This month Walker Clark LLC celebrates Fernando Moreno's ten years of service to the legal profession as a principal of our firm. Fernando is Walker Clark's Regional Managing Principal for Latin America and the Caribbean.
Fernando joined Walker Clark LLC as a principal on 26 May 2004. Since then, his practice has concentrated on strategic planning, the development and implementation of marketing plans, feasibility studies for new products and ventures such as law firm networks and mergers, law firm valuations, law firm profitability and general management coaching. He also has developed a rare expertise in the management of corporate legal functions in privately-held multinational businesses.
His primary focus has been in Latin America and the Caribbean region, but he works with Walker Clark clients in North America and Europe, as well.
When asked recently about what he considered his best accomplishments as a member of the Walker Clark multidisciplinary team, Fernando cited the catalytic role that Walker Clark has played since 2005 in the development of the modern, dynamic legal market in Colombia.
"Ten years ago, very few people in the world gave much thought to the Colombian economy or its legal profession; market competition was centered on self-defeating price-cutting wars; and law firm differentiation was not on anybody's mind. Today, Colombian law firms are increasingly cited as "best practice" examples in innovation in strategy and internal management. I like to think that Walker Clark's extensive work in that market contributed, in a small part, to this very impressive development. It has been very stimulating and gratifying to work with lawyers — not only in Colombia but throughout the world — as they and their firms have grown to be truly world-class."
One of the most notable changes in the practice of law, he notes, has been the increased immediacy of global communications and their impact on client service expectations.
"Five years ago, lawyers' cell phone numbers were confidential, to be shared with only a select few. Even two or three years ago," he observes, "clients would send their lawyers e-mails and would be happy with a response within 24 hours. Today, the client uses instant-messaging, such as What's App, and expects a response within 15 minutes."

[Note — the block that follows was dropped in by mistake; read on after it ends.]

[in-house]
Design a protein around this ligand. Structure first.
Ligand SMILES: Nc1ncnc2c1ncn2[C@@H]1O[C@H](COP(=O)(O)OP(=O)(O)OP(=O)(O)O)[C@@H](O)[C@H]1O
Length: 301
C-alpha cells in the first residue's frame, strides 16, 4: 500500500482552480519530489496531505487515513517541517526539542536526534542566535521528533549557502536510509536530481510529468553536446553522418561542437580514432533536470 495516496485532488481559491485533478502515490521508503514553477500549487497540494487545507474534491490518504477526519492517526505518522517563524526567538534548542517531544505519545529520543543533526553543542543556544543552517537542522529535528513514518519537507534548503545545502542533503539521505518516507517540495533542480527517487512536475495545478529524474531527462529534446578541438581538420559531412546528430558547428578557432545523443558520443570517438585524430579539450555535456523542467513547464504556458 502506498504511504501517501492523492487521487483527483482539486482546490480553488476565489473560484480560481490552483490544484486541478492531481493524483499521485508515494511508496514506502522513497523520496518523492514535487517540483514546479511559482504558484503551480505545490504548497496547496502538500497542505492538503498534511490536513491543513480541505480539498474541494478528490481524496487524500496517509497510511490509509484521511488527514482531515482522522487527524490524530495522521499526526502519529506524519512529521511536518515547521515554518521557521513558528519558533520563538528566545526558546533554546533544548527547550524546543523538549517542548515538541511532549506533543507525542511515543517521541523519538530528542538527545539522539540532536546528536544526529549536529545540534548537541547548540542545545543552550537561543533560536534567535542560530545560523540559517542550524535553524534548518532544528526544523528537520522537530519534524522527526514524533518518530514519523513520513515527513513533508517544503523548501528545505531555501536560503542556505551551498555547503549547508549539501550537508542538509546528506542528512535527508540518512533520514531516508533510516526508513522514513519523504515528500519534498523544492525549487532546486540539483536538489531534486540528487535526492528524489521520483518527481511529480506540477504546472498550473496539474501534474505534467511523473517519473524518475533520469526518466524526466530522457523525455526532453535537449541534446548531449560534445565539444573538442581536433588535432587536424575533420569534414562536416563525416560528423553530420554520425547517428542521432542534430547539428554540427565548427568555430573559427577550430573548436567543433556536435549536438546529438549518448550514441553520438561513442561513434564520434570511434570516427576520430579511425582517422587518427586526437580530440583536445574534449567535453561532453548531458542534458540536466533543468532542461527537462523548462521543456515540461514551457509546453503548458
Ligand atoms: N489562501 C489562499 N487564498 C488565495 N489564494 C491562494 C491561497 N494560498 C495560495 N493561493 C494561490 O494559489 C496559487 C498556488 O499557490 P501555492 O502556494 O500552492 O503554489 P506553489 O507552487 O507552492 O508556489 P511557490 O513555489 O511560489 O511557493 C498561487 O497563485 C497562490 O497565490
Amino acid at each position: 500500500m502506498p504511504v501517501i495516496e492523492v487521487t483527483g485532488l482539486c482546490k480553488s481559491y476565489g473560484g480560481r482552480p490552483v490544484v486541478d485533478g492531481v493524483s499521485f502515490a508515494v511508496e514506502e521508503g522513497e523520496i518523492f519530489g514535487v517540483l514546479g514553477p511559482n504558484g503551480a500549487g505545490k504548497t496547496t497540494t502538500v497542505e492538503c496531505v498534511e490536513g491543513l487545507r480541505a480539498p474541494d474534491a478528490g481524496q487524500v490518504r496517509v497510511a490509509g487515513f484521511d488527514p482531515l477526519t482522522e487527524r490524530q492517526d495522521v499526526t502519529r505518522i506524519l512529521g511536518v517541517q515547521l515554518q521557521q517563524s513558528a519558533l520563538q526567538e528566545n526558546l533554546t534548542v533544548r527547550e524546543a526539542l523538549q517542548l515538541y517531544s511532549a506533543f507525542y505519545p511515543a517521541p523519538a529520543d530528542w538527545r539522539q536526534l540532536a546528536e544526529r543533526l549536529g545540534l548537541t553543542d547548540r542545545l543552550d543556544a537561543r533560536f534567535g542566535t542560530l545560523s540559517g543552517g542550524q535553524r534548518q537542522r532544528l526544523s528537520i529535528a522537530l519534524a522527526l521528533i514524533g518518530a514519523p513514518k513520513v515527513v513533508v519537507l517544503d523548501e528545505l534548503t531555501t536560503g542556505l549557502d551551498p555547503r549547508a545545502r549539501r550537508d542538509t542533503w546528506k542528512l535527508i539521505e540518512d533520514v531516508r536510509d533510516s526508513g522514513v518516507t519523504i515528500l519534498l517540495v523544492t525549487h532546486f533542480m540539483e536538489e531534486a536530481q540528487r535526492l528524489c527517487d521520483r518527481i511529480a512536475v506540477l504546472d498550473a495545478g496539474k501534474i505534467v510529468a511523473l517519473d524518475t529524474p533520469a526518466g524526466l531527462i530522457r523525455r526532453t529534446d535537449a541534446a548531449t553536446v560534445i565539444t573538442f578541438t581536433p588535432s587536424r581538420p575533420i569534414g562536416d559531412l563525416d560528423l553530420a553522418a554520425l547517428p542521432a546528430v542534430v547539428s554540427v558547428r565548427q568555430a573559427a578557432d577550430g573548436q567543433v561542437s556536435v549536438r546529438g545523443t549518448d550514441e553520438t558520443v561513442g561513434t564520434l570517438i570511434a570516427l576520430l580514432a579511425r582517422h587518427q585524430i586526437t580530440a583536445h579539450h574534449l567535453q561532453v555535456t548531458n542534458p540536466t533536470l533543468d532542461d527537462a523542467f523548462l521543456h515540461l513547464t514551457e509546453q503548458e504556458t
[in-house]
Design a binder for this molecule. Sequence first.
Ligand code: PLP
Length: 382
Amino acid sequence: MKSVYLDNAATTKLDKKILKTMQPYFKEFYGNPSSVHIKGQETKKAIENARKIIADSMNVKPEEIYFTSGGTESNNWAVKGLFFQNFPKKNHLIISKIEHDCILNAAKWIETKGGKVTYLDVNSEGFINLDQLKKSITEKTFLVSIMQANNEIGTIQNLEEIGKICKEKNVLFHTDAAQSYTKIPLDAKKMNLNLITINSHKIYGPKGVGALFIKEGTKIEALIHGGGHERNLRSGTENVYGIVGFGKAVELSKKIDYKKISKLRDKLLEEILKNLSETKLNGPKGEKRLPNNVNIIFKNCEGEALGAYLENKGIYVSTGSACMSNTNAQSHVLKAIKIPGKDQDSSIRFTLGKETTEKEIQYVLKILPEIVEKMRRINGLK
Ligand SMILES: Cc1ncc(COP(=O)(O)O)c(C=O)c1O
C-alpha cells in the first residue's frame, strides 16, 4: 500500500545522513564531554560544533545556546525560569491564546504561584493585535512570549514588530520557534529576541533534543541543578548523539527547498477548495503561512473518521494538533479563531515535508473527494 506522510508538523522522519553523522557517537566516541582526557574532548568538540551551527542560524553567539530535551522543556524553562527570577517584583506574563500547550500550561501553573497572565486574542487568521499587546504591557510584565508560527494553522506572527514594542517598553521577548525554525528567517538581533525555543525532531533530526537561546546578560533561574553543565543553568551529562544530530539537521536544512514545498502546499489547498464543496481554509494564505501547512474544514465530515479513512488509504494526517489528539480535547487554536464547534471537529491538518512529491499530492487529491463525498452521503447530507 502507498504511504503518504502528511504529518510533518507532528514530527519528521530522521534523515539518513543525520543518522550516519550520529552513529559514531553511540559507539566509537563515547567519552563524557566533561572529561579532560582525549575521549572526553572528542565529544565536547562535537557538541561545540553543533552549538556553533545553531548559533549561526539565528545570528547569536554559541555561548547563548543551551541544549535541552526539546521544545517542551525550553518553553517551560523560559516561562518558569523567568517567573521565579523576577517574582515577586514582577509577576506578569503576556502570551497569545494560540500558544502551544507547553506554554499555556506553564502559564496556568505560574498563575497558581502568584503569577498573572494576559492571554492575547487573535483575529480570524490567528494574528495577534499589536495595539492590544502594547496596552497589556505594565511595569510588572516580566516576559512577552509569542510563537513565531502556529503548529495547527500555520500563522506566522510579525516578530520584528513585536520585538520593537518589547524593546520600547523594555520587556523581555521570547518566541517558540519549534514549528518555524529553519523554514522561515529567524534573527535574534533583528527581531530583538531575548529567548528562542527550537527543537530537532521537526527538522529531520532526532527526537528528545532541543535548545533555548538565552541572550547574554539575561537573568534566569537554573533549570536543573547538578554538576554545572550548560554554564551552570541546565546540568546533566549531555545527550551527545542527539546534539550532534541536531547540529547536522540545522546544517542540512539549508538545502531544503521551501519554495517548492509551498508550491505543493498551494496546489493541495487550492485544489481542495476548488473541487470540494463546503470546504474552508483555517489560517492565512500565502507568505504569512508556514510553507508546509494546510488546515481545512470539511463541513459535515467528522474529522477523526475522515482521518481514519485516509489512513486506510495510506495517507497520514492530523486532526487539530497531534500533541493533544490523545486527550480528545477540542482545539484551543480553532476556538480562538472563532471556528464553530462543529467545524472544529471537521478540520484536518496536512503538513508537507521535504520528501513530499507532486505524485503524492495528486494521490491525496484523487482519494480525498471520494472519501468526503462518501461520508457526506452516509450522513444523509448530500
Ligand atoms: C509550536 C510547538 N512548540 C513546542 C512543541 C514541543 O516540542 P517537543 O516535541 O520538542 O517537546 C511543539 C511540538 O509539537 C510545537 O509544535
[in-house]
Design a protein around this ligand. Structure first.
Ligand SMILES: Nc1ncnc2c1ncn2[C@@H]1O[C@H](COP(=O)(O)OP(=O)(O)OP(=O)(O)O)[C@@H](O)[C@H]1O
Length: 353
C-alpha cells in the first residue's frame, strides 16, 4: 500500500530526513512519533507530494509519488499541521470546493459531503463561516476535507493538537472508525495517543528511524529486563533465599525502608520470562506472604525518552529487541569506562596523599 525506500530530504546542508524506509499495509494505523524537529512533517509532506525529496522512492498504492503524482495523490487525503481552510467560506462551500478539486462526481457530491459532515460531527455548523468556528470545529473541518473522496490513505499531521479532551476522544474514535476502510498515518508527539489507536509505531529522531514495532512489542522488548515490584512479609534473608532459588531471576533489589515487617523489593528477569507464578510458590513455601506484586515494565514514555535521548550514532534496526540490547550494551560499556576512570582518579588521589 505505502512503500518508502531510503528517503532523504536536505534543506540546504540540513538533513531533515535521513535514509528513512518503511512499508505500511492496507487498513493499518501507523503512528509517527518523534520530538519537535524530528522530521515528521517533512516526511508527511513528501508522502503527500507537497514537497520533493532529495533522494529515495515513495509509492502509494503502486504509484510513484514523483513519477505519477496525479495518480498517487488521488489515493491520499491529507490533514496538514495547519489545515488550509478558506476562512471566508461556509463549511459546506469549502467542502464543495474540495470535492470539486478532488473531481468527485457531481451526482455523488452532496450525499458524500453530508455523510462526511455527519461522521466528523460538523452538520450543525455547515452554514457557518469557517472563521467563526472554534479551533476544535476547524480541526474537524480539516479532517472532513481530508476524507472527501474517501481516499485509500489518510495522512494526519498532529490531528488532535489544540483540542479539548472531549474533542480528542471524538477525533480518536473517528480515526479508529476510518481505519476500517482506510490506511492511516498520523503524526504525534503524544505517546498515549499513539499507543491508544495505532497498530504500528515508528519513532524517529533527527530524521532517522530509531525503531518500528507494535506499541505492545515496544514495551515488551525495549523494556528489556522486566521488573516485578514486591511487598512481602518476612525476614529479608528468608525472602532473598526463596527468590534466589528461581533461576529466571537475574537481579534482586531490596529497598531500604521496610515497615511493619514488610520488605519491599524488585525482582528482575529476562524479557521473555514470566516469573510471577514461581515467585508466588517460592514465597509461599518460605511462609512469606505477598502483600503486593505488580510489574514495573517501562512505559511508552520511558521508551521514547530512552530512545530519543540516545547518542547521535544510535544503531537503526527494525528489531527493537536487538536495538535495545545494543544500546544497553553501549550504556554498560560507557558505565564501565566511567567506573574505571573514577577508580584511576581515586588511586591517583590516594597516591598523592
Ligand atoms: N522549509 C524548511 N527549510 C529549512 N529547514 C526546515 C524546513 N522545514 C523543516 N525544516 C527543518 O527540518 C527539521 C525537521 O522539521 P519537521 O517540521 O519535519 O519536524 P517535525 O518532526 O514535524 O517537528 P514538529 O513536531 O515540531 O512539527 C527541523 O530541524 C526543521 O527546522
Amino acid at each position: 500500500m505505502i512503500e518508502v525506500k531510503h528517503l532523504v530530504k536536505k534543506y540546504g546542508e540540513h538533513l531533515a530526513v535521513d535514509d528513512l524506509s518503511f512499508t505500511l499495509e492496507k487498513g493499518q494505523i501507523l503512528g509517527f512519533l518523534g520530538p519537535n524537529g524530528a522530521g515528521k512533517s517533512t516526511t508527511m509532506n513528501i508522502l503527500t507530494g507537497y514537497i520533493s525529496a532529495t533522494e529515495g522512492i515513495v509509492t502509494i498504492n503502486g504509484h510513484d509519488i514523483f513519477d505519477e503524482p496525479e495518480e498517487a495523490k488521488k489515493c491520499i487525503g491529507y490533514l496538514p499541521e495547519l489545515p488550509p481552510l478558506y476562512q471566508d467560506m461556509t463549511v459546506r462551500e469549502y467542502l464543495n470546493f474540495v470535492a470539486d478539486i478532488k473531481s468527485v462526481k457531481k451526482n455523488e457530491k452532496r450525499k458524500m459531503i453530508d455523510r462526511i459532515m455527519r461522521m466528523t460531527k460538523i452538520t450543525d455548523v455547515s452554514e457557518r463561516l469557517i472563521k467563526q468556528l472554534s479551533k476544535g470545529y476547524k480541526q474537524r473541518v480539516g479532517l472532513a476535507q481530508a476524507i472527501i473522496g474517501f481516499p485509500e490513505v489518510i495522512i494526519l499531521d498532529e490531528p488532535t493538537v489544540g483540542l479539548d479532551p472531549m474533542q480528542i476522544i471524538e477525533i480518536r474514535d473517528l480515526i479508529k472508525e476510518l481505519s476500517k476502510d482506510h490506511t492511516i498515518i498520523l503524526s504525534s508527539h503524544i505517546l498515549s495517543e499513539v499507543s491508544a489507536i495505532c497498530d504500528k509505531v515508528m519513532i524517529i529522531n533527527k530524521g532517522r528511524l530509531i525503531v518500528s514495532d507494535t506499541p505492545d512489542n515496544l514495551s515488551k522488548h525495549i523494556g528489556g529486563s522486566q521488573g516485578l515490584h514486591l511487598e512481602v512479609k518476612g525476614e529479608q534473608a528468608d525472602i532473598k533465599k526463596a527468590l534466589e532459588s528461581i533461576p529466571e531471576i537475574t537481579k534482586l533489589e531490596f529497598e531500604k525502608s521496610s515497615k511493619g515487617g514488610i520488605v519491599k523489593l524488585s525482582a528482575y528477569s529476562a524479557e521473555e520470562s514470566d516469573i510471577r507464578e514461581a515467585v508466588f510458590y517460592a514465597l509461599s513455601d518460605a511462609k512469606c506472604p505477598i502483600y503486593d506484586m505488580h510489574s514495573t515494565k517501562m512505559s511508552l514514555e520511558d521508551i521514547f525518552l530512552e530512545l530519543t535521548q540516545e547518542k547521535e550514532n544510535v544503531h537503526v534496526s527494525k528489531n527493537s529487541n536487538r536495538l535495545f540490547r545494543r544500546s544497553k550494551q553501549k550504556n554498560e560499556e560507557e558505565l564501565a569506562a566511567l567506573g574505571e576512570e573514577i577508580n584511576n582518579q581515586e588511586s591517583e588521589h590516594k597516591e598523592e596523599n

"As in so many other areas, assumptions that might have been valid three years ago might not be reliable today."
Looking ahead to the next ten years, Fernando foresees an acceleration of the breakdown of national economic and professional barriers throughout the region.
"U.S. and European firms are creating a significant presence in the legal markets of the region — not just in Brazil and Mexico, but also in emerging legal markets such as Colombia, Peru, and Central America. We are seeing a continuing increase in the number of foreign lawyers — especially from Spain and the United States, but also from Argentina — in practice throughout the region."
"The trend is flowing in both directions," he adds. "Ten years ago when my colleagues and I would accompany our law firm clients from Latin America to introductory meetings with law firms in places like New York, London, Washington, and Los Angeles, we would usually conduct the meetings in English with U.S. or British partners. Today it is just as common that we will meet in New York with foreign-qualified partners of the firms and a large part of the conversation will be in Spanish or Portuguese."
"Globalization of legal services has truly taken hold in Latin America," he concludes, "and this presents serious challenges and great opportunities for law firms there that are willing to grow, invest, and innovate."